My dissertation is now available online from Springer!

The cover of my dissertation as published by Springer

Earlier this year David Campbell nominated my dissertation for a Springer Thesis Award. I’m proud to say that my dissertation won and it is now available from Springer. My dissertation covers almost all of the research I did during my PhD, focusing on magnetic field effects on quantum antiferromagnets, specifically metamagnetism and deconfined quantum criticality. I’m especially proud of my introduction (Ch. 1), which I tried to make accessible to a relatively broad audience, and my methods chapter (Ch. 5), a detailed pedagogical guide to the numerical methods I used in my work.

In Chapter 1 I describe the historical and scientific context for both the study I have undertaken and the methods I have used to do it. In doing so, I tell the story of Dr. Arianna Wright Rosenbluth, the woman physicist who wrote the first-ever modern Monte Carlo algorithm in 1953. To my knowledge this is the most complete account of her life ever published.

Chapter 2 is a lightly edited version of my 2017 Phys. Rev. B paper on metamagnetism and zero-scale-factor universality in the 1D J-Q model. In Chapter 3 I discuss these same features in the 2D J-Q model. Most of Chapter 3 has been published in my 2018 Phys. Rev. B paper, but the Springer version includes an additional analysis where we look at an alternative form of the logarithmic corrections to the zero-scale-factor universality based on the 4D Ising universality.

In Chapter 4 I study the deconfined quantum critical point separating the Néel and VBS phases in the 2D J-Q model. Using a field, I force a nonzero density of magnetic excitations and show that their thermodynamic behavior is consistent with deconfined spinons (the fractional excitations predicted by deconfined quantum criticality). I also discuss a field-induced BKT transition and non-monotonic temperature dependence of magnetization, a little-known feature of this type of transition.

Finally, in Chapter 5  I provide a detailed pedagogical description of my methods focusing on stochastic series expansion quantum Monte Carlo and extensions thereof. Little in this chapter is my invention, but many of the details of these techniques have not been described in detail anywhere else in the literature (another resource is Sandvik’s excellent review article).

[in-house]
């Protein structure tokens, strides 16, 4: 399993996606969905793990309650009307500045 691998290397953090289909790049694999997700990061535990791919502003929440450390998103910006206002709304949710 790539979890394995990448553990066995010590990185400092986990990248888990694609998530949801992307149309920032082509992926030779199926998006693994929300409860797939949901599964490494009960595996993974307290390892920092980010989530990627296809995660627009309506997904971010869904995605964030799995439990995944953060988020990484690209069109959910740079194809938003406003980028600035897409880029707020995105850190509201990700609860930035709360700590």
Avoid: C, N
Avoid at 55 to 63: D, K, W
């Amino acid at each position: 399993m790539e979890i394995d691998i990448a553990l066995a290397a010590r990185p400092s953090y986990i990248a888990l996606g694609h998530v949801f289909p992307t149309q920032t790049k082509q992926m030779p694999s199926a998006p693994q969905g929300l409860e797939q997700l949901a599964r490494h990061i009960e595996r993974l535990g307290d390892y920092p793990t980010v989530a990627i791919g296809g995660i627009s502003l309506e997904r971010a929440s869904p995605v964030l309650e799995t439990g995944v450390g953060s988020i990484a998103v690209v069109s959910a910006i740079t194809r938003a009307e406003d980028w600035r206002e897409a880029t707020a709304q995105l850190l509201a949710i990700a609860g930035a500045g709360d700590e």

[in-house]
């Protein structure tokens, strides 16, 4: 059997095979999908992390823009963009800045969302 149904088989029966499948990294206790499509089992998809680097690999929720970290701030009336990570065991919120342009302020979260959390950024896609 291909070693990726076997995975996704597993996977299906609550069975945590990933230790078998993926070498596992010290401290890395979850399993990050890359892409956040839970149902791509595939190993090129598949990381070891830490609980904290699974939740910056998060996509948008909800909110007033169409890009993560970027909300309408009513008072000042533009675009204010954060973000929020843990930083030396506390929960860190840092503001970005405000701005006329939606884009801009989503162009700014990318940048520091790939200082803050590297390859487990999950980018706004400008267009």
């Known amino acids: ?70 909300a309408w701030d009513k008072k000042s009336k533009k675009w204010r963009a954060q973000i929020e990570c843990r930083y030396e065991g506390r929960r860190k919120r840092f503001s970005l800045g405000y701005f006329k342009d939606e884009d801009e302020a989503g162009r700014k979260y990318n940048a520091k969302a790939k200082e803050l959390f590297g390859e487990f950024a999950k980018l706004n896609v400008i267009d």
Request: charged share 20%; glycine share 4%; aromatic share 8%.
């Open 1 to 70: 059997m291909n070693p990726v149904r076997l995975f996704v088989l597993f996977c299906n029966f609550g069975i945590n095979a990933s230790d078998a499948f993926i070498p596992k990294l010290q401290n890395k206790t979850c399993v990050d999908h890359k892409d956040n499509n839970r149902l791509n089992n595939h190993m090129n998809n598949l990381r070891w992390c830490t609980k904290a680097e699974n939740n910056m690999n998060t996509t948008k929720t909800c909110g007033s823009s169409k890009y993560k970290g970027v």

If you’re interested in using my dissertation, please let me know and I can send you a PDF!


Off to Bengaluru!

Tomorrow I’m getting on a plane to Bengaluru, India for the 2nd Asia Pacific Workshop on Quantum Magnetism at ICTS Bangalore. I’m looking forward to nine straight days of tutorials and research talks. I’ll also present my poster on my work with Harley Scammell and Oleg Sushkov on direct detection of deconfined spinons, the feedback should be very helpful in finalizing our manuscript on this topic. India  (Mumbai) was the location of my first major research trip, I’m eager to complete that loop and see Bengaluru!

The death of Le Grand K

Last Friday, the 26th General Conference on Weights and Measures voted to replace “Le Grand K”, the 129 year old physical prototype of the kilogram, with a new measure based on physical constants. The new definition, which comes in to force next spring, is now fixed by defining the Plank constant as exactly 6.626 070 15 x 10-34 Joule seconds. 

The kilogram was the last SI unit based on a physical prototype (which means that until next year, Le Grand K is, by definition, exactly one kilogram). Other prototypes, such as the physical meter, have been long since retired. This redefinition is a triumph of high-precision experimental physics. The problem with physical prototypes for units is that they can change. Le Grand K, for example, has been losing mass, to the tune of about 50 micrograms (5 parts in 100 million), possibly because the identical cylinders it is compared to have gotten dirty from being handled more often.

Farewell Le Grand K! Thank you for your service!

Keeping up with science policy

If you have three minutes every month to devote to keeping up with science policy, I highly recommend subscribing to APS’s Signal Boost. Signal Boost is a monthly video update about key developments in science policy. Among other things, they provide critical information on the budgeting process for science funding in the House and Senate along with how to contact your elected officials about each issue. Scientists are a small group, so we need to speak up to be heard.

This month: appropriations and a bill to fight harassment in STEM: